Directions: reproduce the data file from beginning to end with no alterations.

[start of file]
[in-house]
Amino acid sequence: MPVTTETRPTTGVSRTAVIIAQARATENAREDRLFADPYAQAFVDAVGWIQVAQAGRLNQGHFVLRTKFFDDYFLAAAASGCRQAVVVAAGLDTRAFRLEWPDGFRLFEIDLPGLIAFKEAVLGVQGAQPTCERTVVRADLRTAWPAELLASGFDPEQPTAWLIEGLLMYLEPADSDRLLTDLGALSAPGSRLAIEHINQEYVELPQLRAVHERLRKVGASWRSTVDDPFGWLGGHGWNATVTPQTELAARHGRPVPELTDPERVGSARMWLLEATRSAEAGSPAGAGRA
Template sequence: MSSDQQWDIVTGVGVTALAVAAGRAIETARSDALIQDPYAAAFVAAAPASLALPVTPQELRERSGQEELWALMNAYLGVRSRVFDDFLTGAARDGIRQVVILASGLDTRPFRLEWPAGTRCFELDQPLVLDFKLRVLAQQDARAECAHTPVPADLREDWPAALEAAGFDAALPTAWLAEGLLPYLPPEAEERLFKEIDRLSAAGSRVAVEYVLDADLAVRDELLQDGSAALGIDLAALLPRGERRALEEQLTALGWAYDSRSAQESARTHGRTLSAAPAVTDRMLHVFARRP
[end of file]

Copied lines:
[in-house]
Amino acid sequence: MPVTTETRPTTGVSRTAVIIAQARATENAREDRLFADPYAQAFVDAVGWIQVAQAGRLNQGHFVLRTKFFDDYFLAAAASGCRQAVVVAAGLDTRAFRLEWPDGFRLFEIDLPGLIAFKEAVLGVQGAQPTCERTVVRADLRTAWPAELLASGFDPEQPTAWLIEGLLMYLEPADSDRLLTDLGALSAPGSRLAIEHINQEYVELPQLRAVHERLRKVGASWRSTVDDPFGWLGGHGWNATVTPQTELAARHGRPVPELTDPERVGSARMWLLEATRSAEAGSPAGAGRA
Template sequence: MSSDQQWDIVTGVGVTALAVAAGRAIETARSDALIQDPYAAAFVAAAPASLALPVTPQELRERSGQEELWALMNAYLGVRSRVFDDFLTGAARDGIRQVVILASGLDTRPFRLEWPAGTRCFELDQPLVLDFKLRVLAQQDARAECAHTPVPADLREDWPAALEAAGFDAALPTAWLAEGLLPYLPPEAEERLFKEIDRLSAAGSRVAVEYVLDADLAVRDELLQDGSAALGIDLAALLPRGERRALEEQLTALGWAYDSRSAQESARTHGRTLSAAPAVTDRMLHVFARRP